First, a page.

Explaining the Blockchain via a Google Docs Analogy

The more people understand the blockchain, the more we will see a proliferation of useful cases around it. Just like any technology, those who invent it have not necessarily thought of all of its applications, which is why I believe that the best use cases are yet to come from a growing number of entrepreneurs and subject-matter experts that have deep expertise into a particular field or domain.

But the first step is to have a fundamental understanding of how blockchain technology is different from what we are currently doing today. Almost everything in life is about taking evolutionary steps. Even the brightest startups need to understand the behavioral switching psychology for their users (e.g. Facebook understood really well the concept of sharing), while large enterprises have ambitious change management challenges ahead of them in order to get blockchain projects moving.

The blockchain as another kind of database is a popular analogy that has been used a lot, especially after I wrote more about two years ago, The Blockchain is the New Database, Get Ready to Rewrite Everything. In reality the blockchain doesn’t disrupt databases, but it disrupts how databases get synchronized between each other. Image two entities (e.g. banks) that need to update their own user account balances when there is a request to transfer money from one customer to another. They need to spend a tremendous (and costly) amount of time and effort for coordination, synchronization, messaging and checking to ensure that each transaction happens exactly as it should. Typically, the money being transferred is held by the originator until it can be confirmed that it was received by the recipient. With the blockchain, a single ledger of transaction entries that both parties have access to can simplify the coordination and validation efforts, because there is always a single version of records, and not two disparate databases.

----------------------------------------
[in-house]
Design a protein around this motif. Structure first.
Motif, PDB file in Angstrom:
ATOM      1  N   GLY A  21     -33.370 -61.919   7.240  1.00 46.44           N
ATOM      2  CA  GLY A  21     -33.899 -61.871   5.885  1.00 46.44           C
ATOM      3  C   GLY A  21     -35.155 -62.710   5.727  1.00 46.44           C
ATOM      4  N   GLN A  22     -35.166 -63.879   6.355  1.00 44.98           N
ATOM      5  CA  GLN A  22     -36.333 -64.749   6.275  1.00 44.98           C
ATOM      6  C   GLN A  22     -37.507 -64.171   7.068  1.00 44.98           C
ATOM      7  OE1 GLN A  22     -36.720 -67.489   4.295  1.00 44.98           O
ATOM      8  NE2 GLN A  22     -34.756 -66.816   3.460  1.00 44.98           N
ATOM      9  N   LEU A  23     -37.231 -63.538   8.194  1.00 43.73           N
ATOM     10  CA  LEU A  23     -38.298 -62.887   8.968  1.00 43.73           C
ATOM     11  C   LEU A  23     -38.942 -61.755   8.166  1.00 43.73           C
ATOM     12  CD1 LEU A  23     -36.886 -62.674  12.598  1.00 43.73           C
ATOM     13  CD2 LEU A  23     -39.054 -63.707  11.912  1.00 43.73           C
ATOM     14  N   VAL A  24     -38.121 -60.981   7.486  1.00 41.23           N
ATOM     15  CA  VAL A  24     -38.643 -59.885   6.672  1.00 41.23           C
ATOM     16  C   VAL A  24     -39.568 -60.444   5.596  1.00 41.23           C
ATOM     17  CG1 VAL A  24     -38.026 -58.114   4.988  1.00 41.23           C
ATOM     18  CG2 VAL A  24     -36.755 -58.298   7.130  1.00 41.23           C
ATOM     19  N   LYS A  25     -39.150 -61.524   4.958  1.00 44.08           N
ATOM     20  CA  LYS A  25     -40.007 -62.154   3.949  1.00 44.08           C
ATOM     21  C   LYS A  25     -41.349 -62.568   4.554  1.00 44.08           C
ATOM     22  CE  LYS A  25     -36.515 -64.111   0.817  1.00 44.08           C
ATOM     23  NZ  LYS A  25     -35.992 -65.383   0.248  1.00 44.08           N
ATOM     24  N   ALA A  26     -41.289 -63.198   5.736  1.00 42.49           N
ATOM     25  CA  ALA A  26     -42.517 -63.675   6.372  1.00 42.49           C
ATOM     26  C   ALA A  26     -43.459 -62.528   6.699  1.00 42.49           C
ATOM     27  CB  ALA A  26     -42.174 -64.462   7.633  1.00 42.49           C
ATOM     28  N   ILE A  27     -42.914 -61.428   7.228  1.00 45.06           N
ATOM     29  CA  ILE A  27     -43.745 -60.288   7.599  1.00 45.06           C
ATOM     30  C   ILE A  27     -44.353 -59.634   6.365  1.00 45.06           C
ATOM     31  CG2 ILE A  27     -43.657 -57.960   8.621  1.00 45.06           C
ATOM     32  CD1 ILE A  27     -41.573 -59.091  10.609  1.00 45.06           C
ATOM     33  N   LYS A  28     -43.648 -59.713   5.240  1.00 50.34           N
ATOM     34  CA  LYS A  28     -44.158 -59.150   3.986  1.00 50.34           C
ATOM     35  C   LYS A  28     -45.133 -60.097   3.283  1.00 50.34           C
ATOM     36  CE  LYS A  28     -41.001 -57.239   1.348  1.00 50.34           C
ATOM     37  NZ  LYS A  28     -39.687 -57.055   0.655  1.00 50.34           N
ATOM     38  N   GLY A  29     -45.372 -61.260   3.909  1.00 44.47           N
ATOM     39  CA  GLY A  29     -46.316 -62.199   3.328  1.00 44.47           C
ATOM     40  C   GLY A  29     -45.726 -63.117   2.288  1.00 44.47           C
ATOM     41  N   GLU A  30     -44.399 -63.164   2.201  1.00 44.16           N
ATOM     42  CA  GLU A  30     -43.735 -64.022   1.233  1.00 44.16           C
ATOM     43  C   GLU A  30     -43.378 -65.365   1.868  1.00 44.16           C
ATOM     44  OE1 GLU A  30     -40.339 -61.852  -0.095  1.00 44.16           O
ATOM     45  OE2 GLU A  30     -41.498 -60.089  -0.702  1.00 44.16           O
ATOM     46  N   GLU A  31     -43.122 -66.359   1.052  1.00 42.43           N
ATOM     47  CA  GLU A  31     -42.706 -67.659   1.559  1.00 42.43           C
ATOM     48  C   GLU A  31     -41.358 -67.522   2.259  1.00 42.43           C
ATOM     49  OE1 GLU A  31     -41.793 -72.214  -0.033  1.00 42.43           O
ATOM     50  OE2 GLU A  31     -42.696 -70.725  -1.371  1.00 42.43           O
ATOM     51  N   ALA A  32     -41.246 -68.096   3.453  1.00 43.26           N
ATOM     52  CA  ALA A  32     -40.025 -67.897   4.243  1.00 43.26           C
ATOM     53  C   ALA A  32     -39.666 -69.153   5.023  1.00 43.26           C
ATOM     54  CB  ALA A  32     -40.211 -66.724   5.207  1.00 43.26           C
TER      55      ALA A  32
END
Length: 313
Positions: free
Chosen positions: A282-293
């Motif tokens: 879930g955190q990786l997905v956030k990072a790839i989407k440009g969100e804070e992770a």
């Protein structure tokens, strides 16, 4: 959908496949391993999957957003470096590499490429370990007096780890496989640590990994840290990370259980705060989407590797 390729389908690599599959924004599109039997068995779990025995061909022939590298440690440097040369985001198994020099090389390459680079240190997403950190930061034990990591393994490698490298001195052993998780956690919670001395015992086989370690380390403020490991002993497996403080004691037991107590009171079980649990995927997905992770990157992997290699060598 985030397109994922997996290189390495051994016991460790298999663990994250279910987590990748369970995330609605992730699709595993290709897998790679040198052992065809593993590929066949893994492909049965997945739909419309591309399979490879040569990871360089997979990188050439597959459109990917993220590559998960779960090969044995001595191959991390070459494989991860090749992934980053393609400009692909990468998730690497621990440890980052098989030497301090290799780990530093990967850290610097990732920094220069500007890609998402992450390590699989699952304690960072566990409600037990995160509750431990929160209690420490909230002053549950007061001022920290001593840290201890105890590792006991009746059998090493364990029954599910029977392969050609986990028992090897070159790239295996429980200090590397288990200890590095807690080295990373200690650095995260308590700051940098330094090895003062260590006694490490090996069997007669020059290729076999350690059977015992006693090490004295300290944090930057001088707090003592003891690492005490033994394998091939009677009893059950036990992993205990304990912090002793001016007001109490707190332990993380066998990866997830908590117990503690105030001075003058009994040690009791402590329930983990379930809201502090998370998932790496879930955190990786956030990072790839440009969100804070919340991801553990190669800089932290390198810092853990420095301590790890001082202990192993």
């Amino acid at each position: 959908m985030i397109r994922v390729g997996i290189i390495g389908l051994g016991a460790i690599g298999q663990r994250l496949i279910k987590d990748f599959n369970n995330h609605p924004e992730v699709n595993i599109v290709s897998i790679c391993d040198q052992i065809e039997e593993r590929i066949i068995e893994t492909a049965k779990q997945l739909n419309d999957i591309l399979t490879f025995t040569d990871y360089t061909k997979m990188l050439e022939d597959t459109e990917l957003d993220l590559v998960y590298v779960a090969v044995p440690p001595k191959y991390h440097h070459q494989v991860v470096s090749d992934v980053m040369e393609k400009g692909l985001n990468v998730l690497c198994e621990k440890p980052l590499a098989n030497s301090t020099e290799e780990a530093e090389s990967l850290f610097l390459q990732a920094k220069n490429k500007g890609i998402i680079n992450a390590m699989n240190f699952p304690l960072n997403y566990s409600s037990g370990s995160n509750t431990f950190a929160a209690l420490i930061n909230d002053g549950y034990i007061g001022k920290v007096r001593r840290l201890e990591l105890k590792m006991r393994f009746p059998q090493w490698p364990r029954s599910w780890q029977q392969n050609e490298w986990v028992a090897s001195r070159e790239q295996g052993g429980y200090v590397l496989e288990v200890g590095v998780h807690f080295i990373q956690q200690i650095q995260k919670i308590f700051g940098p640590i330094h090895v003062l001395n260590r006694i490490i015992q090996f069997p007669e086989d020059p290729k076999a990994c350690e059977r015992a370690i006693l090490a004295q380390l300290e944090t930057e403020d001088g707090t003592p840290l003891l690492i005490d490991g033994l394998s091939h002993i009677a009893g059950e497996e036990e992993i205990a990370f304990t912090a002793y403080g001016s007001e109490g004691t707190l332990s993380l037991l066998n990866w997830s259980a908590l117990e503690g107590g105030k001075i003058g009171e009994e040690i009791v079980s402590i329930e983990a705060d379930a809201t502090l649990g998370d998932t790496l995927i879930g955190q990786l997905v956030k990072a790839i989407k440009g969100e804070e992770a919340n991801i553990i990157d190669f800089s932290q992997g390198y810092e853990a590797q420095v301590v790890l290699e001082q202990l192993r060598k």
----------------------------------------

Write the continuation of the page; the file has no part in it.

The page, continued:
Let’s take that analogy further into the shared documents domain, and think about what happens when we share a document where two or more users need to make changes to it.

Blockchain as Google Docs vs. Microsoft Word

The traditional way of sharing documents with collaboration is to send a Microsoft Word document to another recipient, and ask them to make revisions to it. The problem with that scenario is that you need to wait until receiving a return copy before you can see or make other changes, because you are locked out of editing it until the other person is done with it. That’s how databases work today. Two owners can’t be messing with the same record at once. That’s how banks maintain money balances and transfers; they briefly lock access (or decrease the balance) while they make a transfer, then update the other side, then re-open access (or update again).

With Google Docs​ (or Google Sheets), both parties have access to the same document at the same time, and the single version of that document is always visible to both of them. It is like a shared ledger, but it is a shared document. The distributed part comes into play when sharing involves a number of people.

Imagine the number of legal documents that should be used that way. Instead of passing them to each other, losing track of versions, and not being in sync with the other version, why can’t *all* business documents become shared instead of transferred back and forth? So many types of legal contracts would be ideal for that kind of workflow.

You don’t need a blockchain to share documents, but the shared documents analogy is a powerful one.

(The original version of this post appeared on Startup Management, http://startupmanagement.org/2016/09/06/explaining-the-blockchain-via-a-google-docs-analogy/)